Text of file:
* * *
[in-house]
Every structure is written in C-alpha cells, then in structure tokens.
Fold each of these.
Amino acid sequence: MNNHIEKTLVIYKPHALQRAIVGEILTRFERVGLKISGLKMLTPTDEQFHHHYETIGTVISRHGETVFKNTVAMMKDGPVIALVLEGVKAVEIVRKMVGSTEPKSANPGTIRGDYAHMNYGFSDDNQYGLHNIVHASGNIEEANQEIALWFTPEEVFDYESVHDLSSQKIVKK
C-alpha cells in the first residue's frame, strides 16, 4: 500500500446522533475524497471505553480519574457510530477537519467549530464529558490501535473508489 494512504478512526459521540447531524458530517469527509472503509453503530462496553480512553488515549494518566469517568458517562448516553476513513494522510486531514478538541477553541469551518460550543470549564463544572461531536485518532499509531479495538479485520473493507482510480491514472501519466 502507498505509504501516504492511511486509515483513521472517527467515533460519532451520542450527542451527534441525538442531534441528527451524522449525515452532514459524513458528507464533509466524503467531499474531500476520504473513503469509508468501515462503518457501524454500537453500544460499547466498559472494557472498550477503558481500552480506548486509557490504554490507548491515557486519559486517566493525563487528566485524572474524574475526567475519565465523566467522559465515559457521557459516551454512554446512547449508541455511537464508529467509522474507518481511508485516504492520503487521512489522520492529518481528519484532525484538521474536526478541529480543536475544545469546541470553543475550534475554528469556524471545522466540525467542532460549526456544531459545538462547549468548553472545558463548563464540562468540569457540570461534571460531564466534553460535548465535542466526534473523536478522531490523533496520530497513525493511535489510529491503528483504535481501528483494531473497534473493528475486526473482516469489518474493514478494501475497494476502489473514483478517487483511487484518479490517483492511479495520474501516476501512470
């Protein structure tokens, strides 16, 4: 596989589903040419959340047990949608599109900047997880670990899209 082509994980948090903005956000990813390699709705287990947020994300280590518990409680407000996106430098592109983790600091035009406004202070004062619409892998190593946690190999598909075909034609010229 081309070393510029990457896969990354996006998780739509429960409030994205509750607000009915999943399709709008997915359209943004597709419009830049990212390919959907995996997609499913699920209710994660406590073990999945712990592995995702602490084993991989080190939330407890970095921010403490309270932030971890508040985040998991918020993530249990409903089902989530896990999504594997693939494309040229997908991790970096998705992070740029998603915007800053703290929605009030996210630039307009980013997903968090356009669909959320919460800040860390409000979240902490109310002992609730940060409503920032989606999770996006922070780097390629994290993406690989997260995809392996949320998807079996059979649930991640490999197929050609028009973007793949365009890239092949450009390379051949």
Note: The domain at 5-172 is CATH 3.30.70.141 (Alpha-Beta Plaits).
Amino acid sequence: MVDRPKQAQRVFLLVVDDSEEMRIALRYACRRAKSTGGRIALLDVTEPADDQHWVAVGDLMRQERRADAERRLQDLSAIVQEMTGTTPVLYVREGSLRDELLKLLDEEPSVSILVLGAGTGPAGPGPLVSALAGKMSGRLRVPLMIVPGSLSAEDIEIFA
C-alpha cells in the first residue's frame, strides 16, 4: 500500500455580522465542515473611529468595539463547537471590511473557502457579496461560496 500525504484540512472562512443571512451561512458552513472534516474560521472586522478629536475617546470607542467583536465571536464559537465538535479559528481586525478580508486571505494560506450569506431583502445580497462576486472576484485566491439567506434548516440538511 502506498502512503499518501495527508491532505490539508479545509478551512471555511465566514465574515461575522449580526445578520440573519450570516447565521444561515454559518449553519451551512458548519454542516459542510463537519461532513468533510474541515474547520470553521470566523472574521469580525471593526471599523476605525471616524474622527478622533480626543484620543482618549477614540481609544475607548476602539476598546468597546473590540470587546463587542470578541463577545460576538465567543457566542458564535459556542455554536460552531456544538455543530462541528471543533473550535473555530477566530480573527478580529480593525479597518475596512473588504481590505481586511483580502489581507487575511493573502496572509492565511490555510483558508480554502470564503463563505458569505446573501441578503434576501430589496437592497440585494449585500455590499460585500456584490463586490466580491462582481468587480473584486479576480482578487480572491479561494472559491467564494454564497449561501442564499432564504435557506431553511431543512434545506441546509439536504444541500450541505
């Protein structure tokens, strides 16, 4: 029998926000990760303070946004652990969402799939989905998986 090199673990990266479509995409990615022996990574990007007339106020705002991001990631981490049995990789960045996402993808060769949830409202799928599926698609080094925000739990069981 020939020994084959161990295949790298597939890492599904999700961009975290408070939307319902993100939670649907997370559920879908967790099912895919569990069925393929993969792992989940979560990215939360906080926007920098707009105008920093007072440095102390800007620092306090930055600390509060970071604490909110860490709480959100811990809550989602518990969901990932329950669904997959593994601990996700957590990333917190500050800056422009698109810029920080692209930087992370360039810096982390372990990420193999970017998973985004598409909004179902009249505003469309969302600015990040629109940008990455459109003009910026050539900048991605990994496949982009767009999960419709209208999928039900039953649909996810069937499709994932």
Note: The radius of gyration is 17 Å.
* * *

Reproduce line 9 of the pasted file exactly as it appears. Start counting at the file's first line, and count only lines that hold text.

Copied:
C-alpha cells in the first residue's frame, strides 16, 4: 500500500455580522465542515473611529468595539463547537471590511473557502457579496461560496 500525504484540512472562512443571512451561512458552513472534516474560521472586522478629536475617546470607542467583536465571536464559537465538535479559528481586525478580508486571505494560506450569506431583502445580497462576486472576484485566491439567506434548516440538511 502506498502512503499518501495527508491532505490539508479545509478551512471555511465566514465574515461575522449580526445578520440573519450570516447565521444561515454559518449553519451551512458548519454542516459542510463537519461532513468533510474541515474547520470553521470566523472574521469580525471593526471599523476605525471616524474622527478622533480626543484620543482618549477614540481609544475607548476602539476598546468597546473590540470587546463587542470578541463577545460576538465567543457566542458564535459556542455554536460552531456544538455543530462541528471543533473550535473555530477566530480573527478580529480593525479597518475596512473588504481590505481586511483580502489581507487575511493573502496572509492565511490555510483558508480554502470564503463563505458569505446573501441578503434576501430589496437592497440585494449585500455590499460585500456584490463586490466580491462582481468587480473584486479576480482578487480572491479561494472559491467564494454564497449561501442564499432564504435557506431553511431543512434545506441546509439536504444541500450541505